Steven Spielberg & J.J. Abrams Talk SUPER 8

     May 26, 2011

Steven Spielberg and J.J. Abrams SUPER 8 slice

In just two short weeks we’ll finally get to see J.J. Abrams and Steven Spielberg’s alien conspiracy collaboration Super 8 and yet unlike most blockbusters in the pipeline, we still know very little about it. Much like on Abrams’ Cloverfield, the marketing department has wisely played their cards close to their chest and audiences are going to get the increasingly rare experience of walking into a major blockbuster without knowing exactly what they’ll see.

That said, the mystery surrounding Super 8 has only raised the demand for info on the project and today anyone hungry for details about the movie will have their desires met by none other than Steven Spielberg and JJ Abrams. The pair rarely ever speak to the press these days (as only filmmakers of their considerable box office clout can), but a video interview with the dynamic duo has surfaced on the internet today that reveals some fresh and thankfully spoiler-free tidbits on the highly anticipated project. Geeks can officially start salivating. Hit the jump to see video footage of this rare sighting of Spielberg and Abrams together, hereby crushing rumors once and for all the Abrams is actually Spielberg going through a Benjamin Button-style reverse aging process.

super-8-movie-posterHere are some interview highlights for anyone who doesn’t have 13 minutes of sweet video watching to spare, but still wants to hear what Abrams and Spielberg have to say about Super 8:

-The film came out of Spielberg and Abrams’ nostalgia for shooting 8mm movies as kids.

-The movie was initially conceived as a story about fledging child filmmakers discovering they accidentally shot a Zapruder-type film with something in the corner of the frames that will unlock a mystery. It was always intended to be a personal film about Abrams’ childhood filmmaking days with a genre element added to give it a wider appeal. Initially it was going to be a heist movie before Abrams decided to combine the idea with another concept for a sci-fi/monster movie that he was working on.

– Sound designer Ben Burtt (Star Wars) worked on the film and brought in a super 8 movie he made as a teenager that incorporated a real train wreck which was eerily similar to the film the kids make in Super 8. Spielberg also revealed that his first 8mm movie was of a train wreck with model trains.

-JJ Abrams claims the movie wasn’t intended to be a direct homage to Spielberg movies from the 70s and 80s. It was always meant to be an homage to a time in Abrams’ life that was so important to his development as a filmmaker, but that time was hugely impacted by Spielberg’s movies. So the homage to movies like ET and Close Encounters Of The Third Kind was never deliberate, but it felt right.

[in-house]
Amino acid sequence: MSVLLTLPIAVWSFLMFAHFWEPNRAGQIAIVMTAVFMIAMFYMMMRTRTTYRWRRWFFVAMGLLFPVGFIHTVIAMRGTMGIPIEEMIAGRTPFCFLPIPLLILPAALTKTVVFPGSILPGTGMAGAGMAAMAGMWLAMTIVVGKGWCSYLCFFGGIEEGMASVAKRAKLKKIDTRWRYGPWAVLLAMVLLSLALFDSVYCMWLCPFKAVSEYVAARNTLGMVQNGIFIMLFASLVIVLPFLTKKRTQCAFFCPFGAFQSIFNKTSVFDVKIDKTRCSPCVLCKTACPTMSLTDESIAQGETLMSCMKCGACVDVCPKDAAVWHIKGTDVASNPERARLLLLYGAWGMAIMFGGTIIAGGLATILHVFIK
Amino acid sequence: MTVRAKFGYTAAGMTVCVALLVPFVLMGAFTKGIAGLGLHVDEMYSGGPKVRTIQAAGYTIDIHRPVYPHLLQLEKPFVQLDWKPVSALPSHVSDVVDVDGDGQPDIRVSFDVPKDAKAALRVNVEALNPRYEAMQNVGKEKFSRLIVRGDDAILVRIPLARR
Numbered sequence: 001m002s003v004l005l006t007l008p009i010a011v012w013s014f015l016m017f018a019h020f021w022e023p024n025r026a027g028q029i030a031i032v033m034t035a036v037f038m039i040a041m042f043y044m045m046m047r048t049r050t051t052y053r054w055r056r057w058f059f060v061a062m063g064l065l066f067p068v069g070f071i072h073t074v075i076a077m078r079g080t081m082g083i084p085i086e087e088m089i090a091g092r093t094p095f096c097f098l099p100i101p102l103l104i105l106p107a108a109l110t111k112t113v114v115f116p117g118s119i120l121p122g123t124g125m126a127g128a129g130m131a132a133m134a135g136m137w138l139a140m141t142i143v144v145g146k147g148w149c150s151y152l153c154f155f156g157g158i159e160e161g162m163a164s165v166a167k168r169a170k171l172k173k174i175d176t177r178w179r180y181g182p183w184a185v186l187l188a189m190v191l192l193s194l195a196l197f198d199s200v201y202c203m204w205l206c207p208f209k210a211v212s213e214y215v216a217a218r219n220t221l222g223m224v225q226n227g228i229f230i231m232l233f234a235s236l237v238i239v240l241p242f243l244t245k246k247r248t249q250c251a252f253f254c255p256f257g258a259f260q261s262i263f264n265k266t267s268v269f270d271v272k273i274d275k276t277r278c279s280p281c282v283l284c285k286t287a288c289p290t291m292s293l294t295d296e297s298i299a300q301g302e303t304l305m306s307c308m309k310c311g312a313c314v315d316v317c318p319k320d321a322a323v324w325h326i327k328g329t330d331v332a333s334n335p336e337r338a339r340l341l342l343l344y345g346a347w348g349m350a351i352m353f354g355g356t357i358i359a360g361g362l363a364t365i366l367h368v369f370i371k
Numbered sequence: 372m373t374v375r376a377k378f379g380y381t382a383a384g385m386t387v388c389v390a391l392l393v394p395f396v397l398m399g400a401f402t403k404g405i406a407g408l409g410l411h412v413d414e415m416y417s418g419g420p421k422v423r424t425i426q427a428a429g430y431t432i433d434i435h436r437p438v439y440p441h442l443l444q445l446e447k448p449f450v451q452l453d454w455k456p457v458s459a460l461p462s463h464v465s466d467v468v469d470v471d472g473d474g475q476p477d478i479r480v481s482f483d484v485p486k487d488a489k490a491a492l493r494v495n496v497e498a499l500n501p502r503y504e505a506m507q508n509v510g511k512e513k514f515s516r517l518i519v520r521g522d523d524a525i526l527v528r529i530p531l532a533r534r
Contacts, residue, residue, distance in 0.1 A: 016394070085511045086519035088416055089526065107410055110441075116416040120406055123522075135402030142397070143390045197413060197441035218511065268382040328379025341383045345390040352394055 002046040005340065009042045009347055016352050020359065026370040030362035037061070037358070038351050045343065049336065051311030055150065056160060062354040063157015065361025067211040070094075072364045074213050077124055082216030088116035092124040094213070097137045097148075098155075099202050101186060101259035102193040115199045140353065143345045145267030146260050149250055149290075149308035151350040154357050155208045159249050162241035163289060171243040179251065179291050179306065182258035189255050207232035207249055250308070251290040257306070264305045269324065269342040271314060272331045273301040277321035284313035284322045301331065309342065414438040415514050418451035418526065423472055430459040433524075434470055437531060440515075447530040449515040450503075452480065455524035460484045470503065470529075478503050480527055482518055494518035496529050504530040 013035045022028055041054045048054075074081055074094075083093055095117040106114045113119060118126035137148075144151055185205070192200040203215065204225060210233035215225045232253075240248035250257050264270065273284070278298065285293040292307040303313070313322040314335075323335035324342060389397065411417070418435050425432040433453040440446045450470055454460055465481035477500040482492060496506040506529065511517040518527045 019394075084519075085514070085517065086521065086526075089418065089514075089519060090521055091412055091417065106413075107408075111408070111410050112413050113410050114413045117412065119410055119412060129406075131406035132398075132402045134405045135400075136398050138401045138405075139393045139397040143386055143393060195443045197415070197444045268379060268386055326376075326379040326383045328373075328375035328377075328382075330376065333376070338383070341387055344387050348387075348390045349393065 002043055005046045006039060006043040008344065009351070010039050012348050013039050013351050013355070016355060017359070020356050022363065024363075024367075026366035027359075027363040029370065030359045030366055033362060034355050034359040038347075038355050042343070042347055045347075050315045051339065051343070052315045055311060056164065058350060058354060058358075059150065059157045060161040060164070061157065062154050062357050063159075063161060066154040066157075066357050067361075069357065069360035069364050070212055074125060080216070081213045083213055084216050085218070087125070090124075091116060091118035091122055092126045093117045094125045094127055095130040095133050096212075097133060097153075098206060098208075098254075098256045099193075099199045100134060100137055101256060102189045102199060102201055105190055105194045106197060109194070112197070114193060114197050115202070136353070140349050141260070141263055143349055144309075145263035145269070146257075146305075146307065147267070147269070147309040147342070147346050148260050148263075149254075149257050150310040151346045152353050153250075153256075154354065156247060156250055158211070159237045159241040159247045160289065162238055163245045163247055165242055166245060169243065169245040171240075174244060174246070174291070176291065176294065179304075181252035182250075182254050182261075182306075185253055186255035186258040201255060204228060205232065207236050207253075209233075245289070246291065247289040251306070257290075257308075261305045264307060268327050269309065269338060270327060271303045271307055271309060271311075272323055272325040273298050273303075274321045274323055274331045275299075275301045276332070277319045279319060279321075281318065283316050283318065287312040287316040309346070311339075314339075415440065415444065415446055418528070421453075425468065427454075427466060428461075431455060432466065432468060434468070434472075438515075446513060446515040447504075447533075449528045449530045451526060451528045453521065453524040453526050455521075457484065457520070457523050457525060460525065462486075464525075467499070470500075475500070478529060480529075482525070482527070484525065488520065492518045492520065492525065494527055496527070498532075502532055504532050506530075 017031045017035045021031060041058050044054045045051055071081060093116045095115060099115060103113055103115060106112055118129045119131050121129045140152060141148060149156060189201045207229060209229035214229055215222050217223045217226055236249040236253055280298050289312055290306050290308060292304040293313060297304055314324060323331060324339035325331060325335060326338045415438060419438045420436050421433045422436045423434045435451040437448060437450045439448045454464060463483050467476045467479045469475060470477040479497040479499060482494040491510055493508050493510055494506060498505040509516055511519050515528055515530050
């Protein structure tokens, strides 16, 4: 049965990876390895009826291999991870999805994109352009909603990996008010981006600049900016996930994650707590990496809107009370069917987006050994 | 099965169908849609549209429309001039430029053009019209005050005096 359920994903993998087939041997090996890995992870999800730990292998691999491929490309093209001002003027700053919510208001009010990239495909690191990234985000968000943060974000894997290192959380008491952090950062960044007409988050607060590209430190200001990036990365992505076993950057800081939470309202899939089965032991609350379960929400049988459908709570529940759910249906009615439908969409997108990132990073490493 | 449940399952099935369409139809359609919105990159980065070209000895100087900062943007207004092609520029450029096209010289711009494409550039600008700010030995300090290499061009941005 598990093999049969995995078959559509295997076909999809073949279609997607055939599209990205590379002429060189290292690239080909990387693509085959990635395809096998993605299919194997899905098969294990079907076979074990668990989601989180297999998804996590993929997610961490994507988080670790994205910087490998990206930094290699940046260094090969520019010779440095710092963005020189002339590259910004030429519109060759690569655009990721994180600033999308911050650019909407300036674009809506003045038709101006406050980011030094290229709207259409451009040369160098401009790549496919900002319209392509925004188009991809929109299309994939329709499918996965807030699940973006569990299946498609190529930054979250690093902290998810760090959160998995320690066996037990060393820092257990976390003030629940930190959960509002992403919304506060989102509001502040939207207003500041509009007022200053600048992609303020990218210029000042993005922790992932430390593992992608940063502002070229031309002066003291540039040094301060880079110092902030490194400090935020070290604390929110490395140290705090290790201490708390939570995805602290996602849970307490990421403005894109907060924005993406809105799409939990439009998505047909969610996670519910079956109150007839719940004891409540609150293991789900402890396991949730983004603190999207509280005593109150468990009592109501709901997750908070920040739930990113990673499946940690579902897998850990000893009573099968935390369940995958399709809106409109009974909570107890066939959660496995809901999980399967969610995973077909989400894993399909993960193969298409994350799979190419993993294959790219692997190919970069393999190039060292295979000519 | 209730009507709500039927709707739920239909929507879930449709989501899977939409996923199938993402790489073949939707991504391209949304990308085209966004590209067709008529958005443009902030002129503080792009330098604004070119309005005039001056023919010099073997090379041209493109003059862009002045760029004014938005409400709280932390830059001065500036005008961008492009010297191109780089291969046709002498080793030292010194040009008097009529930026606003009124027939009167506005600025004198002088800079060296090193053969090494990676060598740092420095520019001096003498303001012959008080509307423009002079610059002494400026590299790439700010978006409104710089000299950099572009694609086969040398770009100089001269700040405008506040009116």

-They wanted to set the movie in the 70s because so much more craft was involved in physically making amateur movies at that time. Spielberg thinks digital technology is a great outlet for young filmmakers today, but in the 70s it required more passion and effort to make 8mm movie and that seemed more dramatically interesting for the film. JJ also enjoyed the fact that kids making movies at that time would be more oddballs and outcasts than kids doing it today.

– Both Spielberg and Abrams admit how difficult it is to create an original movie monster these days, but relished the challenge and are quite pleased with their results. Abrams said that he was also very influenced by Alien in terms of holding back on seeing the monster until the very end to derive more fear and suspense out of the unknown.

Here’s the video clip courtesy of Empire:

jj_abrams_image__3_All in all, it was a pretty great interview. It’s so rare to see those guys speak that it’s always a pleasure. The fact that the movie has a personal element to it is promising in an age of product driven blockbusters, so hopefully that ends up being as integral to the film as they suggest. It’s also great to know that Abrams will continue to use the “fear of the unknown” as his guiding principle for the suspense and scare scenes in Super 8. Considering how well he pulled that off in Cloverfield and Lost, I wouldn’t want it any other way. Super 8 definitely looks promising and it’s nice to know that auteur driven blockbusters haven’t died out entirely. Abrams is one of the few directors in Hollywood who can put together a big movie with no stars and market it with his own name and it’s great to know that he’s taking advantage of that. With the ultimate blockbuster auteur Spielberg working on the movie as a guiding hand, the potential for this sucker to entertain on a grand scale is through the roof. Hopefully it can live up to the hype. We need at least some genuine summer blockbusters without The Rock these days. We really do.

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